Cloud and Dicks debate in Sequim

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Congressman Norm Dicks faced his Republican challenger Doug Cloud at a debate hosted by the League of Women Voters of Clallam County this afternoon at the Sequim Community Church.

The sanctuary was almost full and despite ground rules laid out before the debate began, the audience had no qualms about making their opinions known. At one point the moderator, Cathy Claney, threatened to end the debate because of the jeers, boos and deriding laughter produced by members of the audience while Dicks responded to questions. At the end of the debate a woman stood up and shouted at Dicks, demanding to know why he hadn’t debated Cloud in Bremerton and if he would. As she shouted, she was ushered out of the sanctuary by event organizers.

Dicks voiced his support for a bipartisan infrastructure bill to put money into building better roads, bridges, trails and wastewater treatment plants, which will create jobs, he said.

“Building trails three or four people will walk on won’t create lasting jobs,” Cloud responded.
Cloud said he supports extending the Bush tax cuts and believes ending them would hamper small business owners.

“I don’t know why people are so jealous of success,” he said.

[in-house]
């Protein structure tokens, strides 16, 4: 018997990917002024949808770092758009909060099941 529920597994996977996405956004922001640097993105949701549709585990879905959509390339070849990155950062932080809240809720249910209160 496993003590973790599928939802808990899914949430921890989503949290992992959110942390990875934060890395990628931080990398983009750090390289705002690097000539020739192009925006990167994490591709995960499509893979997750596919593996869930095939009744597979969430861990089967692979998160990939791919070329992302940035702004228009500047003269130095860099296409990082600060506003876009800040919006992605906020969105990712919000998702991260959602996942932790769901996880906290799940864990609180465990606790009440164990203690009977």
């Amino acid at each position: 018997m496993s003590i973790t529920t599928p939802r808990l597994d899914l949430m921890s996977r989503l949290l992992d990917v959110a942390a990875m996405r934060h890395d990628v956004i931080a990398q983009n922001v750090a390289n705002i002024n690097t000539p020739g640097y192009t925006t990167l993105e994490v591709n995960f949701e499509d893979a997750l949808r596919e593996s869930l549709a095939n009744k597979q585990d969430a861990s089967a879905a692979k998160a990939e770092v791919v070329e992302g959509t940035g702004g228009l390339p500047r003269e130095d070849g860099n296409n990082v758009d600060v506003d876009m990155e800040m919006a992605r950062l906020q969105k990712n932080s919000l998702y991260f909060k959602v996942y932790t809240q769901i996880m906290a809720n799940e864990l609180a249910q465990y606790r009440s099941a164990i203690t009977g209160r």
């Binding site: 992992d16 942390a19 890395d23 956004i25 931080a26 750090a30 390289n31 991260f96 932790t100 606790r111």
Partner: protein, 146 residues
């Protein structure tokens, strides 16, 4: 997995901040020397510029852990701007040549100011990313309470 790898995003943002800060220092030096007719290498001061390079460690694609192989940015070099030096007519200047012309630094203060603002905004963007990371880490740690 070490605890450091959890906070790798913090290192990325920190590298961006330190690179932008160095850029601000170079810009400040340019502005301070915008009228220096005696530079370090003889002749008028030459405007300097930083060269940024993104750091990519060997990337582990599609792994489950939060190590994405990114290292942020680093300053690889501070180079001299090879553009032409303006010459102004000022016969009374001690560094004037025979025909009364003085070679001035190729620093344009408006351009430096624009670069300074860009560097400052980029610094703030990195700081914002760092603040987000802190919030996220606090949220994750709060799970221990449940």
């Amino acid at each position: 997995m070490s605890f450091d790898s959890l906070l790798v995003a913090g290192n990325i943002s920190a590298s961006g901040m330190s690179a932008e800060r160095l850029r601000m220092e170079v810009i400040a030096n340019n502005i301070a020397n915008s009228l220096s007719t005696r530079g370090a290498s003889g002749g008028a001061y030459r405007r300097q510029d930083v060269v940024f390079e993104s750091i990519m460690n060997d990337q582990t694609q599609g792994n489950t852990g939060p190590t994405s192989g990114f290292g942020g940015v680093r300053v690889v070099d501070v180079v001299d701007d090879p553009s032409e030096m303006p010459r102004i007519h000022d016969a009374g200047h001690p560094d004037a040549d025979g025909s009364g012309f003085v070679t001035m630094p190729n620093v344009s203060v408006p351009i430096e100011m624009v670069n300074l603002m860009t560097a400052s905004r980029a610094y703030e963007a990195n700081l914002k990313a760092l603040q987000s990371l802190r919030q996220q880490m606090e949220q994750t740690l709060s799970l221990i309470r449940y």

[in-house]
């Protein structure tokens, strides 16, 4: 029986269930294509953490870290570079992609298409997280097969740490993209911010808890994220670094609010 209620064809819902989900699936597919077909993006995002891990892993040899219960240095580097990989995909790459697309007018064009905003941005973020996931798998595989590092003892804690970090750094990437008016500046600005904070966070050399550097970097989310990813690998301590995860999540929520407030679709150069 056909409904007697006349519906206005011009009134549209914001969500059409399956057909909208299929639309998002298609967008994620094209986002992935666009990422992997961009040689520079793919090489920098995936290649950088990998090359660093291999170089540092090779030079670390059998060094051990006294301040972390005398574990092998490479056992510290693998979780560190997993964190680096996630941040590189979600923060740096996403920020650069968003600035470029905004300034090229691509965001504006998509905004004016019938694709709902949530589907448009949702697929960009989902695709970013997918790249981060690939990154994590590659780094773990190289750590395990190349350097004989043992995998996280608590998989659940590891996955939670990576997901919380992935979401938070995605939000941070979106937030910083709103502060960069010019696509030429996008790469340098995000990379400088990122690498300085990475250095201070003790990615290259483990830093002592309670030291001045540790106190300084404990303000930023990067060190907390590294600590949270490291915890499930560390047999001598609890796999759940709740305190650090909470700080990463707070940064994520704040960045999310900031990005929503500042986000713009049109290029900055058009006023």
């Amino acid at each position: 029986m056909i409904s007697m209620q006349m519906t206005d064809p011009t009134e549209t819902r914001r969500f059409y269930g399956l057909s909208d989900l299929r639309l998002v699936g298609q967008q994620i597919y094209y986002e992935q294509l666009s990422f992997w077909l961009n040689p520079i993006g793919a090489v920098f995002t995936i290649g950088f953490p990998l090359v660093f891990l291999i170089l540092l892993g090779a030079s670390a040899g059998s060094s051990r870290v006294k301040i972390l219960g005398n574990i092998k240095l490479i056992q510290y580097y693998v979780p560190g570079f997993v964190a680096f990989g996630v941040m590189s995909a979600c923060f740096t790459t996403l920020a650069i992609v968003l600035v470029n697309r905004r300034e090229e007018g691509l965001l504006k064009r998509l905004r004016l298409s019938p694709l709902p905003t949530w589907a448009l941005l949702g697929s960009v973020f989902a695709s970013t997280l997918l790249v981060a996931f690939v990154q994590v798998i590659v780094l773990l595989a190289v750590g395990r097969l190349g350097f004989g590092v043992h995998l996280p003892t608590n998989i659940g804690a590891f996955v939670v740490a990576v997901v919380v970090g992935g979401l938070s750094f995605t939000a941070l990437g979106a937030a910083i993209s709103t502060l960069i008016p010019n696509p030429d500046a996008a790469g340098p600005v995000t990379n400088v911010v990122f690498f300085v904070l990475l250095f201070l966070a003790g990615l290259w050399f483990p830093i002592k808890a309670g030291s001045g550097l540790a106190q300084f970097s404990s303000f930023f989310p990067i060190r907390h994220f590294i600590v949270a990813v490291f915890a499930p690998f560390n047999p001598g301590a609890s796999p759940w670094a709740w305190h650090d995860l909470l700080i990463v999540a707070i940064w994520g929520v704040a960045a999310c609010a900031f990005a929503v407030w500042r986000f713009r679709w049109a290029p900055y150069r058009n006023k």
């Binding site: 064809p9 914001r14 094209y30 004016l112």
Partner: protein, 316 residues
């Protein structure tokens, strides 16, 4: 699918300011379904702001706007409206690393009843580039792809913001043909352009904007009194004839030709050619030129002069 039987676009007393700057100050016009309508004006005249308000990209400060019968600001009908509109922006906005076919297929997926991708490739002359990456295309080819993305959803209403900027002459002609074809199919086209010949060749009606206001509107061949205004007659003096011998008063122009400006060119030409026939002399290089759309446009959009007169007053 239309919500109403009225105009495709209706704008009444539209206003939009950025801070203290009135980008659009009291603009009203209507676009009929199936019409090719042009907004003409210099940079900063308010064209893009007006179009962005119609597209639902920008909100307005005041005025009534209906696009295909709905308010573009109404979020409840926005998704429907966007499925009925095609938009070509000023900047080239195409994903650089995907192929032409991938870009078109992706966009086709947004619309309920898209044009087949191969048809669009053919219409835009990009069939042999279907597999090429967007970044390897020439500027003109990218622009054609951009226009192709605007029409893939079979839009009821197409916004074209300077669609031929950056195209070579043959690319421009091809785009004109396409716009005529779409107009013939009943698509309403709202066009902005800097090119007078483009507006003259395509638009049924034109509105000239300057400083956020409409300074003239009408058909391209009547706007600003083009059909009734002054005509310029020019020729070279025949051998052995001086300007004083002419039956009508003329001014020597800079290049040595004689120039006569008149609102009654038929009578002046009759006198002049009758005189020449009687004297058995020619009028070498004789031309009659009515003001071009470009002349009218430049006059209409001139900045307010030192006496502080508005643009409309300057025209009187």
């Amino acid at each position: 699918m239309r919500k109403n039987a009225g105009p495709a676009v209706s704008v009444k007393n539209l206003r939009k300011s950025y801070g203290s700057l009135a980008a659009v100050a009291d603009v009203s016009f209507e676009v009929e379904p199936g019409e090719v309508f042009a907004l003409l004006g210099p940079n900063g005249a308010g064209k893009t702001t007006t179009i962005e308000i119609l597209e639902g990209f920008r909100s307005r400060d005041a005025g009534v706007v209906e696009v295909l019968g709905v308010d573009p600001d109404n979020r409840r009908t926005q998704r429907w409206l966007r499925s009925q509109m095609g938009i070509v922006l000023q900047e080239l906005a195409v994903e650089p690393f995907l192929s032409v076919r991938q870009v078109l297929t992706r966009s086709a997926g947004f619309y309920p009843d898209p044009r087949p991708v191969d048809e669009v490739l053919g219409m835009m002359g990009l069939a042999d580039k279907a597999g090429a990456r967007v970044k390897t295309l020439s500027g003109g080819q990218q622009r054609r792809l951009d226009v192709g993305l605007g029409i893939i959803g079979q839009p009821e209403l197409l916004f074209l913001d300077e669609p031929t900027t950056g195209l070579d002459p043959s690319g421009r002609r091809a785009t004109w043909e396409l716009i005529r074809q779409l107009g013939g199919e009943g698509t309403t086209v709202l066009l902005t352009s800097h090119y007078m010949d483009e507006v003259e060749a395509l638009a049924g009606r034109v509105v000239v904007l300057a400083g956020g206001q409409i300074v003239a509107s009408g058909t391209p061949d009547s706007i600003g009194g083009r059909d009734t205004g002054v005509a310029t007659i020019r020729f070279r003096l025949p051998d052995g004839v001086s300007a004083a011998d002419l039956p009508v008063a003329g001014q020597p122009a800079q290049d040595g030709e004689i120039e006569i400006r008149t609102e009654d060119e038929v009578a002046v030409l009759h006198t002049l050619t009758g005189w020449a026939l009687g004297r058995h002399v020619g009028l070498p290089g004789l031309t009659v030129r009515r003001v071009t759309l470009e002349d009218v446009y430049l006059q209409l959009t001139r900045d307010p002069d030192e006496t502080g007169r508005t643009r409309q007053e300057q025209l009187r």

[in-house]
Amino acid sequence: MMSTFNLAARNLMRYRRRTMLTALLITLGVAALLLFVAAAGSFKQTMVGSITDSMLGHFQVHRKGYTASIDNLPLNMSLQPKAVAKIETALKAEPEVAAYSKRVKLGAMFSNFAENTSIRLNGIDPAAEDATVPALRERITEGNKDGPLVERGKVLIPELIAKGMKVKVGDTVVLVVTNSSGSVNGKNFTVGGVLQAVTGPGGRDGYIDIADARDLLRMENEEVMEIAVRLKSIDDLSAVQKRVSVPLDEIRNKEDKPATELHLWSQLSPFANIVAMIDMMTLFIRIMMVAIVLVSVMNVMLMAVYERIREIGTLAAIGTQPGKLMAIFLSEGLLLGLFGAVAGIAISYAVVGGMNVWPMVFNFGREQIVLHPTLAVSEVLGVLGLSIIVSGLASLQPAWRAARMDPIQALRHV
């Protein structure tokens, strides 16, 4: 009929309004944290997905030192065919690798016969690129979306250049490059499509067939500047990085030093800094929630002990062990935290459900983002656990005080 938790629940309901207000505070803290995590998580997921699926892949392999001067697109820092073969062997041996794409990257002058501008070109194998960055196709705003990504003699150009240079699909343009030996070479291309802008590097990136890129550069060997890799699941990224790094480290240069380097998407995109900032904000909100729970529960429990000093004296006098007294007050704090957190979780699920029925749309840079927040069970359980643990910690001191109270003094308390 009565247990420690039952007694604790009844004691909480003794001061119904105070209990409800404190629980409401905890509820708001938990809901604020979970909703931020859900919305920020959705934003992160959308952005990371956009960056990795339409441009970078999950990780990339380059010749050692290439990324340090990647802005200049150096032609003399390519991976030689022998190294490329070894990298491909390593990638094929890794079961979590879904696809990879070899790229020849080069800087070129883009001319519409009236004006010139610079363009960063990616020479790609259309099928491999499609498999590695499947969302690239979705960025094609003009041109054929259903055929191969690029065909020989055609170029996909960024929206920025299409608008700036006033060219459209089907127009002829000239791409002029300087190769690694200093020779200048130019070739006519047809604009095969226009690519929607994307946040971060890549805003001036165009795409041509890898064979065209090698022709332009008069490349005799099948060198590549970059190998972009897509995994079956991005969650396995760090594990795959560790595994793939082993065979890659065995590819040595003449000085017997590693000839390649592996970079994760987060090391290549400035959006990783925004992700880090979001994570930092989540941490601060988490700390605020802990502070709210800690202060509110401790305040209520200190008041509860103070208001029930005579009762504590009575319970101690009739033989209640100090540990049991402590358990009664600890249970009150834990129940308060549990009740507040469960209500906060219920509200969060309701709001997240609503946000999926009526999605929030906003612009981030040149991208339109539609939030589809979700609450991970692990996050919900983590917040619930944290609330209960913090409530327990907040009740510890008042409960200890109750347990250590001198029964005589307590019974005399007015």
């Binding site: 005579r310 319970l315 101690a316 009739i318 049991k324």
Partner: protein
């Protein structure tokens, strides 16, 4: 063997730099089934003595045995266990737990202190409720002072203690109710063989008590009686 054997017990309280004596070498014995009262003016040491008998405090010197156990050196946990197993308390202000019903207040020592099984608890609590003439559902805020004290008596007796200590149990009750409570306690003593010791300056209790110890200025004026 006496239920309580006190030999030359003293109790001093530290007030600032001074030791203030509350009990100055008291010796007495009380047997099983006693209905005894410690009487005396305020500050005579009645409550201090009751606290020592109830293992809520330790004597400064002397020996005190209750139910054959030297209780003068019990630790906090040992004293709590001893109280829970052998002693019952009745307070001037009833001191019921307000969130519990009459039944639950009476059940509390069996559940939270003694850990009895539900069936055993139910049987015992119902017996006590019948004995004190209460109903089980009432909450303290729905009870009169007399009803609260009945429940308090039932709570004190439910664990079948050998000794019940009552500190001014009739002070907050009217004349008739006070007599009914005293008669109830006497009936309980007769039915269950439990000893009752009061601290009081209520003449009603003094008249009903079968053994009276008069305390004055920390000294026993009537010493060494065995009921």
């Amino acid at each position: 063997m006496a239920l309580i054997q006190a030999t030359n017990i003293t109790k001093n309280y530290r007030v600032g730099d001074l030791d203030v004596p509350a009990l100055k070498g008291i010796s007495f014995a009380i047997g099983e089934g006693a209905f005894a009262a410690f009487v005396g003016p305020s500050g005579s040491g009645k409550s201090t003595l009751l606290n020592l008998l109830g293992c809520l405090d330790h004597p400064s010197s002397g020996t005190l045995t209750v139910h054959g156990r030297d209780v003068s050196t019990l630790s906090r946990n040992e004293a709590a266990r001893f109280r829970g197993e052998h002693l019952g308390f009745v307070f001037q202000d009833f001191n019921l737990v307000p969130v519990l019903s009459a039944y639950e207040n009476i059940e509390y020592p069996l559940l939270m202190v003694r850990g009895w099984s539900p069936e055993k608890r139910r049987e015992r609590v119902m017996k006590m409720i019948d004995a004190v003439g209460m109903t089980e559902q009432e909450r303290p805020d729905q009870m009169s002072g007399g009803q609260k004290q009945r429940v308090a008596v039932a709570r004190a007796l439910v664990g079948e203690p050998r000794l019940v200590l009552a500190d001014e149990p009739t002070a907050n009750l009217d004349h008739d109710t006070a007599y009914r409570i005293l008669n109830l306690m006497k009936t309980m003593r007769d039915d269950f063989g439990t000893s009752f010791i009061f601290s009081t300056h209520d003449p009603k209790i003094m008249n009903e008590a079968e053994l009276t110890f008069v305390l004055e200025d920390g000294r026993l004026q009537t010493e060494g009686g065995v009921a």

Dicks said he supports continuing the tax cuts on 98 percent of Americans as passed by President Obama but the top 2 percent of earners need to share more of the burden.

“If we are serious about the national debt, we can’t keep on doing what the Republicans do, which is cut taxes without paying for it,” Dicks said.

On the subject of health care, Cloud said the recently passed health care bill should be repealed. Cloud said he thinks the bill will lead to rationing of health care, especially for the elderly, and coercion of physicians, ultimately making them become government employees.

Dicks said Olympic Medical Center will benefit from the bill through federal payments. Under the bill, 32 million Americans will be insured who weren’t before, and no one will lose their insurance because of it, he said.

The candidates were asked about their stance on privatizing Social Security.

Cloud said he would support privatization of Social Security for younger generations but not for those already receiving Social Security payments.

“Some people need to take what they’re giving Social Security, which is around 15 percent, and put  it aside,” he said.

Dicks said he supports the existing system with the caveat that it can be improved.

He doesn’t want to put people’s futures in the hands of the stock market, which is risky, he said.

The candidates did agree on one thing: Neither supports a state income tax.

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